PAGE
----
LED, or light-emitting diode, is a type of semiconductor element that gives off light and has been used by OKI with within printers over the last three decades.
Yet it seems that it is only now being ‘discovered’ by a number of leading-edge industries such as automotive, laptop and contemporary lighting design and manufacture.
For manufacturers in these sectors, LED has now been rightly recognised as a highly innovative technology offering them and their customers enhanced performance in such areas as cost-control, quality and environmental impact.
OKI launched its first generation digital LED-based printers as long ago as 1989 and has continued to refine and improve the technology ever since making it the constant frontrunner in LED technology development.
LED print heads have multiple LEDs arranged in a straight line, and they turn on and off depending on the print signal.
OKI has developed a device (epifilm LED array) that integrates the LEDs with the IC that drives them using epifilm bonding (EFB) technology, and this is used in our LED print heads.
OKI’s LED print heads are made up of a chip-on-board (COB) that mounts multiple epifilm LED arrays on a circuit board for the print width, whether A4, A3, etc., and a rod lens array that produces images on the image drum from the light emitted by the LEDs.
For example, a 600 dpi (dot per inch) A4-size print head has 4,992 dot LEDs arranged in a straight line that each emit light and turn off, depending on the print data, to write the latent image on the image drum.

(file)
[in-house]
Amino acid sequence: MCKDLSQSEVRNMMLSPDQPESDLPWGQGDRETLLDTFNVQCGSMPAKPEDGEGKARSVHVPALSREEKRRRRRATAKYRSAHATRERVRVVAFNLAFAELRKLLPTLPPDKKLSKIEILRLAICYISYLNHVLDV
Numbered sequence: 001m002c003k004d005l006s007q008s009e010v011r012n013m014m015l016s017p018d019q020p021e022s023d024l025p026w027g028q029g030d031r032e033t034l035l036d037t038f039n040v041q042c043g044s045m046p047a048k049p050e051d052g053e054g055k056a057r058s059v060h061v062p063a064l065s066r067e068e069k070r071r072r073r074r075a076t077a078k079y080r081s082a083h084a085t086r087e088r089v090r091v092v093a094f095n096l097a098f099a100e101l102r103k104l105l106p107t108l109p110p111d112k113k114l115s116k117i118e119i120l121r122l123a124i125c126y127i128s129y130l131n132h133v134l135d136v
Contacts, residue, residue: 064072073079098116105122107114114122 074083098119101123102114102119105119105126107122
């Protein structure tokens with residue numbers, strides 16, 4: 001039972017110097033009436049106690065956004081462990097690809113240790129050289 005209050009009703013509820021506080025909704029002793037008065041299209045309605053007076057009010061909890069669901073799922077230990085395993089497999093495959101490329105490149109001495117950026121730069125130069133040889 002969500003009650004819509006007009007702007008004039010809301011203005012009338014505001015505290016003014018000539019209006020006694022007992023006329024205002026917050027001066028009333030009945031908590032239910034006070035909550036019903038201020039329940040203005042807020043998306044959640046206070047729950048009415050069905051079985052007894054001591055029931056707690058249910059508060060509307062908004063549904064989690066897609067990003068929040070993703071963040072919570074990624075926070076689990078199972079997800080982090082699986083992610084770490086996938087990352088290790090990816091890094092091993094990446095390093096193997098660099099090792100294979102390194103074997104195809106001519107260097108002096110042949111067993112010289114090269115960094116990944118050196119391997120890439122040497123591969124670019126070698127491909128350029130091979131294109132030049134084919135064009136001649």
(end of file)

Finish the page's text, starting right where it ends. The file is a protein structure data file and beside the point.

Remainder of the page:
This technology bonds a thin-film semiconductor material with a different material by applying proprietary nano-manufacturing technology to bond the materials using intermolecular force at room temperature rather than adhesives.
This has enabled a new device that integrates the light-emitting device and drive circuit to be mass-produced for the first time in the world, and this has made it possible to commercialise compact LED print-heads at high rates of productivity.
Again thanks to OKI’s ground-breaking digital LED technology, in-house printing using White Toner alongside High Definition colour on a wide range of media is made possible.
Previously, printing in white has been an expensive, time consuming task that is often handled by larger print houses, however, OKI’s White Toner innovation removes the last barrier to creativity and enables graphics businesses to print in any colour, including white, on a range of media, simply and cost effectively.
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